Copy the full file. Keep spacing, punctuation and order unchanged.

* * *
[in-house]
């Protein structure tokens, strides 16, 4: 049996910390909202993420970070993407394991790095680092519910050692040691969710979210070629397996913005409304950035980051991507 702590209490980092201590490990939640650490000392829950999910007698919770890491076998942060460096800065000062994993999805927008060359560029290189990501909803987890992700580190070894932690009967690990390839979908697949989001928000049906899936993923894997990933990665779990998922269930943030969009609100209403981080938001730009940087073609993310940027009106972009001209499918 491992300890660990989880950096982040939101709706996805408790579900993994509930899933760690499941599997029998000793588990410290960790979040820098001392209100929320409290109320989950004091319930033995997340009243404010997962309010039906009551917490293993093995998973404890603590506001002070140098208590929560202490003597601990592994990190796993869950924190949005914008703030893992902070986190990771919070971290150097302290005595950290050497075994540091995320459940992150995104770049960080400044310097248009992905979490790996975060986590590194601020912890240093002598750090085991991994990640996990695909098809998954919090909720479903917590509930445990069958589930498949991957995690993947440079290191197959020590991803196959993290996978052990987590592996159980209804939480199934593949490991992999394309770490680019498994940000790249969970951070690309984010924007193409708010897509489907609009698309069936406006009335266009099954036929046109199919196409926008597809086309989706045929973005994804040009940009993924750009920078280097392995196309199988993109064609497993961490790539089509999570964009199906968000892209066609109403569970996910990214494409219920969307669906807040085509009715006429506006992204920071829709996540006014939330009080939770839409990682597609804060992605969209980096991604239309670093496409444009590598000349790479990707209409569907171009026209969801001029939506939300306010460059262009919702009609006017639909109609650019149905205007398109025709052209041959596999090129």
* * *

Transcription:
[in-house]
């Protein structure tokens, strides 16, 4: 049996910390909202993420970070993407394991790095680092519910050692040691969710979210070629397996913005409304950035980051991507 702590209490980092201590490990939640650490000392829950999910007698919770890491076998942060460096800065000062994993999805927008060359560029290189990501909803987890992700580190070894932690009967690990390839979908697949989001928000049906899936993923894997990933990665779990998922269930943030969009609100209403981080938001730009940087073609993310940027009106972009001209499918 491992300890660990989880950096982040939101709706996805408790579900993994509930899933760690499941599997029998000793588990410290960790979040820098001392209100929320409290109320989950004091319930033995997340009243404010997962309010039906009551917490293993093995998973404890603590506001002070140098208590929560202490003597601990592994990190796993869950924190949005914008703030893992902070986190990771919070971290150097302290005595950290050497075994540091995320459940992150995104770049960080400044310097248009992905979490790996975060986590590194601020912890240093002598750090085991991994990640996990695909098809998954919090909720479903917590509930445990069958589930498949991957995690993947440079290191197959020590991803196959993290996978052990987590592996159980209804939480199934593949490991992999394309770490680019498994940000790249969970951070690309984010924007193409708010897509489907609009698309069936406006009335266009099954036929046109199919196409926008597809086309989706045929973005994804040009940009993924750009920078280097392995196309199988993109064609497993961490790539089509999570964009199906968000892209066609109403569970996910990214494409219920969307669906807040085509009715006429506006992204920071829709996540006014939330009080939770839409990682597609804060992605969209980096991604239309670093496409444009590598000349790479990707209409569907171009026209969801001029939506939300306010460059262009919702009609006017639909109609650019149905205007398109025709052209041959596999090129």